Talent show and family night: an evening of fun, tears, memories

The Special Needs Talent Show and Family Night is a social night filled with prizes, student performances, and special memories.

The+West+Wing+Performers+and+Best+Buddies+sing+%22Best+Day+of+My+Life%22+for+the+opening+act+of+the+talent+show.

The West Wing Performers and Best Buddies sing "Best Day of My Life" for the opening act of the talent show.

Although the name may contain the words ‘special needs,’ West High’s Special Needs Talent Show and Family Night is all about coming together for a fun, emotional night.

The event is the culmination of a school year’s worth of effort. The special needs students and teachers spend the year collecting donations from local places, preparing acts to perform and getting everything laid out. They spend the whole day setting up the tables and the donated objects to be ready on display.

But when the event starts, all the hard work melts into celebration.

“Everyone gets really into it and sings with everyone. Last year, all the chairs were filled up and there was a conga line around the whole room,” said Kailin Lust, the president of Best Buddies.

This year was just like the last. Hundreds of people shuffled along the walls of the room, checking out the items on the silent auction and buying raffle tickets near the entrance. The empty seats filled as one of the special needs students took the stage with a guitar. During and after each performance that followed, the audience clapped along, cheered, or even cried. The night had the air of a lively party.

“We try not to make it a fact that it’s special needs. It’s just a fun night, it’s a family night,” said Sherry Miller, one of the fundraising directors for the event. “I don’t go around saying, ‘Oh you’re going to come watch the special needs kids tonight?’ It’s just the talent show.”

Even so, the talent show is not just the talent show but rather an event to remember. For the performances this year, the special needs students sang pop songs, played the guitar, and even blew a tune on the ocarina. After singing and rapping If I Ruled the World for his senior talent show, Willey Gale ’16 was ecstatic to have ended his fourth and final performance with a positive crowd. He felt happy to have worked so hard and to participate in the event every year. “I can graduate, majoring too.”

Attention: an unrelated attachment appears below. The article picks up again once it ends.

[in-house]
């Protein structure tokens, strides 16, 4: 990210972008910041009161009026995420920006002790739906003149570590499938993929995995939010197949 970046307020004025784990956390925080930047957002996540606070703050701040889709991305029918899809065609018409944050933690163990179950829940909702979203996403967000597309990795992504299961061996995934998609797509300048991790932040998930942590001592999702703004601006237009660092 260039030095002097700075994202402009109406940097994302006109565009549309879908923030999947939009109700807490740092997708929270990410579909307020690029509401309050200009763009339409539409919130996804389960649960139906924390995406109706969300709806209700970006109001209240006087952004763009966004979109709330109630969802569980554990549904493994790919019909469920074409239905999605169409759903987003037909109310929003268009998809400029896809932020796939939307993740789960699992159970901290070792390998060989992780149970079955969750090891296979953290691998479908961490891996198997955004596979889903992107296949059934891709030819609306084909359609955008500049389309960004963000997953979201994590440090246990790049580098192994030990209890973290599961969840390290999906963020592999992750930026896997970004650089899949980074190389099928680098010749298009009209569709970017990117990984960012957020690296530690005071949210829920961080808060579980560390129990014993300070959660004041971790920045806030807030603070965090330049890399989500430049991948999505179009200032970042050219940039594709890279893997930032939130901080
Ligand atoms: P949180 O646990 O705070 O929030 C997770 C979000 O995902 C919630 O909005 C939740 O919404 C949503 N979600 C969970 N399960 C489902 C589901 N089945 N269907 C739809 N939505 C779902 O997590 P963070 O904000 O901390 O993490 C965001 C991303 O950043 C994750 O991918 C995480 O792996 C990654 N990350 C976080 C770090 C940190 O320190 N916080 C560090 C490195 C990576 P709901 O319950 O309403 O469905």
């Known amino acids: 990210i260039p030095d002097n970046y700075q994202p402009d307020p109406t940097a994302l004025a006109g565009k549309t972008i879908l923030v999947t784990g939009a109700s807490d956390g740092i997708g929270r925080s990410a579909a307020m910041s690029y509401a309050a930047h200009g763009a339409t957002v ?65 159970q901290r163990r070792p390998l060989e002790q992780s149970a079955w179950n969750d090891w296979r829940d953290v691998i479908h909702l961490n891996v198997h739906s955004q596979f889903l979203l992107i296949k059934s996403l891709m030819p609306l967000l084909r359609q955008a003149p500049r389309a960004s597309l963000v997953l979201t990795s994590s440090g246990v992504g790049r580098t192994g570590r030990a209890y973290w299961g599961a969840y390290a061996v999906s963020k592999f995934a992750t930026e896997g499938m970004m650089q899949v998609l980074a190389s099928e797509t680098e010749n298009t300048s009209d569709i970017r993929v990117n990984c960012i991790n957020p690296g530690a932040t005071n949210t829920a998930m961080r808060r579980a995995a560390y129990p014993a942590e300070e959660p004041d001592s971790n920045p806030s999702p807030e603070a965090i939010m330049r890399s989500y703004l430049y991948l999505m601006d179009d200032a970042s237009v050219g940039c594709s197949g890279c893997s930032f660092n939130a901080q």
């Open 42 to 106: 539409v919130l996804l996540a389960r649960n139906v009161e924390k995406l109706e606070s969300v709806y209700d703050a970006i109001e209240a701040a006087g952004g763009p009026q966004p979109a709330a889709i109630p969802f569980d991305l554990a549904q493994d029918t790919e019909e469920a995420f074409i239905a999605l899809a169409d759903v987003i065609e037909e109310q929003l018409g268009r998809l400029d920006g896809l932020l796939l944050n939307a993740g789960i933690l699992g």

In addition to the musical performances, the crowd gathered around the students’ artwork and even a lego construction, stopping at the displays to take pictures or to simply take a look. Angel Alvarado ’18, whose artwork was displayed at the talent show, enjoyed the uplifting attitude shared by the people who came to see his art.

Alvarado's depiction of The Punisher from Marvel. This is Alvarado's favorite piece of artwork on display at the event.
Alvarado’s depiction of The Punisher from Marvel. This is Alvarado’s favorite piece of artwork on display at the event.

“[I came] to see some people, to see some friends. It’s just really positive, I would say,” Alvarado said.

Miller and Kim Cranston, one of the special education teachers at West High, recalled from years ago a performance of American Woman where the audience cheered, stood, and sang with the performer. As Cranston sums up, “I’ll never forget it.”

The night does even more than showcasing diverse talents and creating memories; all of the money raised from the silent auction and the raffle goes into paying for the special needs students to go to Camp Courageous. The camp is a YMCA or Wapsie-like camp that is tailored for all ability levels that Lust says is “super fun.” The talent show helps tackle the two hundred dollar fee that gets in the way of the fun.

Fortunately, the event gathers more and more people and money every year. After outgrowing its original location at the Old Brick Church and moving to West High, the number of donations has grown as well, from thirty to over four hundred donations coming in this year.

We try not to make it a fact that it’s special needs. It’s just a fun night, it’s a family night”

— Sherry Miller

“Spending five, six hundred dollars is nothing because it’s going to the kids who are going to Camp Courageous. I can spend five hundred, a thousand dollars for a soccer weekend to watch a kid play a game that doesn’t have the problems that these kids have … That’s one weekend of a soccer game going to these kids. So I don’t think parents who purchase this stuff care so much about winning the bid. It’s about the money going to the kids,” said Lori Lust, Kailin Lust’s mother.

For the coming years, the organizers of the talent show hope to raise more money and send more students to Camp Courageous. Going even further, the event hopes to continue spreading the love, the joy, and the family fun that the event is all about. As Lust explains, “You will not see one person leave here not in a better mood and not smiling and happy. As long as that continues and everyone who is a part of [the talent show] leaves happy, I think we’ve all succeeded.”